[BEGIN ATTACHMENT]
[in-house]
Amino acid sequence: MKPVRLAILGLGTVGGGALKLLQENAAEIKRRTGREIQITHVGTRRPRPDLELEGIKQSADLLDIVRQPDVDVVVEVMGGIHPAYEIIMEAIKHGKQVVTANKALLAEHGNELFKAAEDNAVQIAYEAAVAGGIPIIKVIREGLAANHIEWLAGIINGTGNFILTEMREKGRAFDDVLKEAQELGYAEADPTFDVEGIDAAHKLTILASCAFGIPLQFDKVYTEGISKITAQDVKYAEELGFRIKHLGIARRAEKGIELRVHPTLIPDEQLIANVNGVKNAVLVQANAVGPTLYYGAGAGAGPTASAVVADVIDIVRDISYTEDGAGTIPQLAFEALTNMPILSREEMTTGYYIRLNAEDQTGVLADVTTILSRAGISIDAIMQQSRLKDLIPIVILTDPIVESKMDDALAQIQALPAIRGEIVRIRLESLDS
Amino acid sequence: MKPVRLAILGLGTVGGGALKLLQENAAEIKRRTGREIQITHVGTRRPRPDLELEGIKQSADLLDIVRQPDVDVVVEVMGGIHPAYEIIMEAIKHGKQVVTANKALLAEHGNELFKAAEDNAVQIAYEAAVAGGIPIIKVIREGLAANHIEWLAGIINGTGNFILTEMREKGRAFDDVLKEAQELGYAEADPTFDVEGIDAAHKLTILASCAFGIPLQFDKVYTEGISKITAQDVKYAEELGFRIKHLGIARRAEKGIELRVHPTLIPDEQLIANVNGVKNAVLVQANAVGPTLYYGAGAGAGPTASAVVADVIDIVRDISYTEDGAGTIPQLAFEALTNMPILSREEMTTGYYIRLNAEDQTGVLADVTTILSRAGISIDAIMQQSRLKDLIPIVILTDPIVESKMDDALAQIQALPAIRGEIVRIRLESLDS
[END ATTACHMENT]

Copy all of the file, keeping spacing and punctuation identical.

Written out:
[in-house]
Amino acid sequence: MKPVRLAILGLGTVGGGALKLLQENAAEIKRRTGREIQITHVGTRRPRPDLELEGIKQSADLLDIVRQPDVDVVVEVMGGIHPAYEIIMEAIKHGKQVVTANKALLAEHGNELFKAAEDNAVQIAYEAAVAGGIPIIKVIREGLAANHIEWLAGIINGTGNFILTEMREKGRAFDDVLKEAQELGYAEADPTFDVEGIDAAHKLTILASCAFGIPLQFDKVYTEGISKITAQDVKYAEELGFRIKHLGIARRAEKGIELRVHPTLIPDEQLIANVNGVKNAVLVQANAVGPTLYYGAGAGAGPTASAVVADVIDIVRDISYTEDGAGTIPQLAFEALTNMPILSREEMTTGYYIRLNAEDQTGVLADVTTILSRAGISIDAIMQQSRLKDLIPIVILTDPIVESKMDDALAQIQALPAIRGEIVRIRLESLDS
Amino acid sequence: MKPVRLAILGLGTVGGGALKLLQENAAEIKRRTGREIQITHVGTRRPRPDLELEGIKQSADLLDIVRQPDVDVVVEVMGGIHPAYEIIMEAIKHGKQVVTANKALLAEHGNELFKAAEDNAVQIAYEAAVAGGIPIIKVIREGLAANHIEWLAGIINGTGNFILTEMREKGRAFDDVLKEAQELGYAEADPTFDVEGIDAAHKLTILASCAFGIPLQFDKVYTEGISKITAQDVKYAEELGFRIKHLGIARRAEKGIELRVHPTLIPDEQLIANVNGVKNAVLVQANAVGPTLYYGAGAGAGPTASAVVADVIDIVRDISYTEDGAGTIPQLAFEALTNMPILSREEMTTGYYIRLNAEDQTGVLADVTTILSRAGISIDAIMQQSRLKDLIPIVILTDPIVESKMDDALAQIQALPAIRGEIVRIRLESLDS